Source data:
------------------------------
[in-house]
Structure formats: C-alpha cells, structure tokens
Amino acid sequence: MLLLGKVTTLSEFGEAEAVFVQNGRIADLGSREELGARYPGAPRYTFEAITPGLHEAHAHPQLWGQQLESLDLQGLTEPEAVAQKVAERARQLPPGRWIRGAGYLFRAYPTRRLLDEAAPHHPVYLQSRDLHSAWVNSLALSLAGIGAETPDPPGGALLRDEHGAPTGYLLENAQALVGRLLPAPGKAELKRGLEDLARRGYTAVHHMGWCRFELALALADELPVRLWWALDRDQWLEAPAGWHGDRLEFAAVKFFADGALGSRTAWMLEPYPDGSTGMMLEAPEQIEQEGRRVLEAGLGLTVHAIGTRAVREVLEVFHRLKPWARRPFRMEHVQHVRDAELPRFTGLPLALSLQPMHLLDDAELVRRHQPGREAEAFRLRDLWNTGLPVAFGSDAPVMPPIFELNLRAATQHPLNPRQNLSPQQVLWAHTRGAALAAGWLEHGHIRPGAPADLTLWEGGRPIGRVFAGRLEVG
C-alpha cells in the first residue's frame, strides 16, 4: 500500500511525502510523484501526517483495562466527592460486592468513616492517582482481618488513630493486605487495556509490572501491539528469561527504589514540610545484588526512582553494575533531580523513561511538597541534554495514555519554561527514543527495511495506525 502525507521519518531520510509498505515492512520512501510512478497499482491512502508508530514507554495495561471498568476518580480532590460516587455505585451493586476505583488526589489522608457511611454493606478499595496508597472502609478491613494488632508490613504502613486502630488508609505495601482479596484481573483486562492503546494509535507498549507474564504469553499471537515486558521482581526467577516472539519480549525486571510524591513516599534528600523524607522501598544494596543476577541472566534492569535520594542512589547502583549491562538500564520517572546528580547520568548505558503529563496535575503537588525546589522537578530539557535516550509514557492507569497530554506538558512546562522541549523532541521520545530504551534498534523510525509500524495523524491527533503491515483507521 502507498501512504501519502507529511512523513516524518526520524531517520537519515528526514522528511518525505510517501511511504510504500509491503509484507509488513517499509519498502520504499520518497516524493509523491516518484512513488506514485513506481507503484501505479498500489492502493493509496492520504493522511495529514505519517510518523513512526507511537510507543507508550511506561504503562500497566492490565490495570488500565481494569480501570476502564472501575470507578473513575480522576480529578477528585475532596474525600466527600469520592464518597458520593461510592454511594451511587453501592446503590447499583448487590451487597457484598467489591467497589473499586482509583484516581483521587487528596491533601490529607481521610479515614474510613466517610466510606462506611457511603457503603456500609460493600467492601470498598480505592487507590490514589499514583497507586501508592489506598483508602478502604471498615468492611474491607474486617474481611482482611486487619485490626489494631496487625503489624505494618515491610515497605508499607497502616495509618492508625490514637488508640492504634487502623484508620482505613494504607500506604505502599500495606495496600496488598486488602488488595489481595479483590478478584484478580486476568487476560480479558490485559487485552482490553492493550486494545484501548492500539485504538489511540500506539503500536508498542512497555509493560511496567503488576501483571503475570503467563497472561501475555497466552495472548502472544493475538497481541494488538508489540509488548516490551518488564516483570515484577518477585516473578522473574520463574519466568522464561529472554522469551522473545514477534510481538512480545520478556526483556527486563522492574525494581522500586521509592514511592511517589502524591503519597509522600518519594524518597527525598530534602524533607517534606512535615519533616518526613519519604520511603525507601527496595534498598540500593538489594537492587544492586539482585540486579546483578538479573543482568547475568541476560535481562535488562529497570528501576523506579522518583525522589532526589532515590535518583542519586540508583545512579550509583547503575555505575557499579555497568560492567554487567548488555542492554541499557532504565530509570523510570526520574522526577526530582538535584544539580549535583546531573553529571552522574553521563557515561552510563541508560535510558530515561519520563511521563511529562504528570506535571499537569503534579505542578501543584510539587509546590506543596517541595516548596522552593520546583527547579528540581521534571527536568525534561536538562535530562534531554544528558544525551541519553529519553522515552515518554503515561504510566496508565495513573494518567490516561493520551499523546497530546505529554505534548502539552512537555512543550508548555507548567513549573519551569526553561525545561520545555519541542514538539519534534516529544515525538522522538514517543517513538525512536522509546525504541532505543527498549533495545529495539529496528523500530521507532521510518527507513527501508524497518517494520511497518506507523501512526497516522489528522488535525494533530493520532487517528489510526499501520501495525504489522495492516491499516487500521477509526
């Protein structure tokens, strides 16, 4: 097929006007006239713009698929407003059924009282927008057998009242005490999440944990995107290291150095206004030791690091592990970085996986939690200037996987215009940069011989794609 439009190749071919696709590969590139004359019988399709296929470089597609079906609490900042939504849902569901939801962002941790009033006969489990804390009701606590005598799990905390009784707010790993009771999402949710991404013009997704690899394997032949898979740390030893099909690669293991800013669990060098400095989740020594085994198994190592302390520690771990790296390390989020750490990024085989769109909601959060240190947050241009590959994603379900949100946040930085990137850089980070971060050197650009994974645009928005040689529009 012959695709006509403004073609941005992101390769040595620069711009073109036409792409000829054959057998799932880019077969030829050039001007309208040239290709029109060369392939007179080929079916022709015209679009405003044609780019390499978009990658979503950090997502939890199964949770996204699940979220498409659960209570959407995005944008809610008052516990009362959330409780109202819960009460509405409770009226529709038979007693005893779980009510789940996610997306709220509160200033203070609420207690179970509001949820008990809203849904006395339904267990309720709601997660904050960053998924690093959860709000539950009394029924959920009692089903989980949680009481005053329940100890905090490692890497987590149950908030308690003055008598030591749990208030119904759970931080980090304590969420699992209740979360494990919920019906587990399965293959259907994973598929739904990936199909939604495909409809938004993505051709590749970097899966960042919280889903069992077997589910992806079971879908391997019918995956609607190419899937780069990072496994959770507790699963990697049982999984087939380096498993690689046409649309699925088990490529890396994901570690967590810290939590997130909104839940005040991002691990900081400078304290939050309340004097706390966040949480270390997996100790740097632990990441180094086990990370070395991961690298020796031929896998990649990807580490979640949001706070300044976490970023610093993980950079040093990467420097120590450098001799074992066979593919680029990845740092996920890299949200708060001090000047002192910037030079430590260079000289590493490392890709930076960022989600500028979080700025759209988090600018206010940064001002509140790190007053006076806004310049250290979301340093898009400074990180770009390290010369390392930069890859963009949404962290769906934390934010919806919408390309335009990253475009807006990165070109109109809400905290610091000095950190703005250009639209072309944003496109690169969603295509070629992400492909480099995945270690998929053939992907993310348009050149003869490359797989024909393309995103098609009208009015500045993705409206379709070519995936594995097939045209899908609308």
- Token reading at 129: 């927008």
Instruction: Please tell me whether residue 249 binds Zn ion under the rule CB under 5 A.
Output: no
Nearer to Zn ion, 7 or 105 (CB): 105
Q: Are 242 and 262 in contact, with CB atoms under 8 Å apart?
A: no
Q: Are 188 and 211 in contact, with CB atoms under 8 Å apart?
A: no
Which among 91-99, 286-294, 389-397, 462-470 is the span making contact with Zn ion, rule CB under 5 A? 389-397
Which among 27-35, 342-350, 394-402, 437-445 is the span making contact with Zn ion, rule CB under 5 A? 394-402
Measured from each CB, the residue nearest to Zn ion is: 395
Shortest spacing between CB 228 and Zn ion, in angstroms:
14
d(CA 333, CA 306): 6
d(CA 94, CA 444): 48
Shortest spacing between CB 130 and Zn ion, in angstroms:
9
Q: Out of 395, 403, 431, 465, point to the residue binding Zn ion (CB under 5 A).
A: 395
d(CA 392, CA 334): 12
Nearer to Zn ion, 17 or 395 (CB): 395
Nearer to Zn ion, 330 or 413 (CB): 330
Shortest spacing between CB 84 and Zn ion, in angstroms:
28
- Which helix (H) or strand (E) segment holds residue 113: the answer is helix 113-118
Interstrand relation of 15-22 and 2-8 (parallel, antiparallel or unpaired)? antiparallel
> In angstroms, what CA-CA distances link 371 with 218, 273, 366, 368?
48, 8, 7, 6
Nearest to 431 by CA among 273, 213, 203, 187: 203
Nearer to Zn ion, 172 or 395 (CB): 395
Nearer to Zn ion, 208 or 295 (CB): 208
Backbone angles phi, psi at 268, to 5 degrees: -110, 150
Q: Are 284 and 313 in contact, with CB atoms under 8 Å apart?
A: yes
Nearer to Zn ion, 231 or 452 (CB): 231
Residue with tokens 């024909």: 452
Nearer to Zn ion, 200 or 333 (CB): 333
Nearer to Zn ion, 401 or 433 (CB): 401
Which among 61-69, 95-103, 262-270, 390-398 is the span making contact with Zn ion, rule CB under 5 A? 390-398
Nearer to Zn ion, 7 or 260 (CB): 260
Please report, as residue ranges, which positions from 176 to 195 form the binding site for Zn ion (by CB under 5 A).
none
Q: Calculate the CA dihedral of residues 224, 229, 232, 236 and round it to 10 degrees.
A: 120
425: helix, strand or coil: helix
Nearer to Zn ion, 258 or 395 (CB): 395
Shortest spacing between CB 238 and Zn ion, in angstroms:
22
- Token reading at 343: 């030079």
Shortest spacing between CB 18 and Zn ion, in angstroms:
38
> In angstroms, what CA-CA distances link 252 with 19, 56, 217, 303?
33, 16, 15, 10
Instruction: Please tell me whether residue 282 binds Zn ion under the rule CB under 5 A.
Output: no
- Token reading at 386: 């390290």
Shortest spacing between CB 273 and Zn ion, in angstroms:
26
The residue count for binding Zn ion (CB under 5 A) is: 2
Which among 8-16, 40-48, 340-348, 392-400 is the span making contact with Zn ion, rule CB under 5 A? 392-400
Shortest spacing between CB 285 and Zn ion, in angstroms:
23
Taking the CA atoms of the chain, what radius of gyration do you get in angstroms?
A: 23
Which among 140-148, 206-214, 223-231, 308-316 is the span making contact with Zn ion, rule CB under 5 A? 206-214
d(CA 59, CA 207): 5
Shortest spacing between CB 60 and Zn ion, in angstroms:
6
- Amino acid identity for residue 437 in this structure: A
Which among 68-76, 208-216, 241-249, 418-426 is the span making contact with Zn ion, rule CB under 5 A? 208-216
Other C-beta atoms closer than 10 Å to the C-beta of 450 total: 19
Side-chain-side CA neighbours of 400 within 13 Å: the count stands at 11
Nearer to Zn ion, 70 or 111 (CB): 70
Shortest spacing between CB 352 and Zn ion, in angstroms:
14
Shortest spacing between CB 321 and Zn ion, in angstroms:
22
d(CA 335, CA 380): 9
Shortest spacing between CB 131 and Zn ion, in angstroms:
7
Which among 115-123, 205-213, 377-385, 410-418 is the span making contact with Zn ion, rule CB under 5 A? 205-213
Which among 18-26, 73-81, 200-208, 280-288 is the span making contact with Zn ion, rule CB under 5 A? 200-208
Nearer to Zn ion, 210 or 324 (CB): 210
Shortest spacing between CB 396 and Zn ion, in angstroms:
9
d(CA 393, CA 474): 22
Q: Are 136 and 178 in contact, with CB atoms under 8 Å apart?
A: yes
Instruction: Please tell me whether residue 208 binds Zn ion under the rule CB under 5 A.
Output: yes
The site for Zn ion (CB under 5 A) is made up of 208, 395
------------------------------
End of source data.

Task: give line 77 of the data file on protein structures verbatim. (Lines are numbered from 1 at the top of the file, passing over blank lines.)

Side-chain-side CA neighbours of 400 within 13 Å: the count stands at 11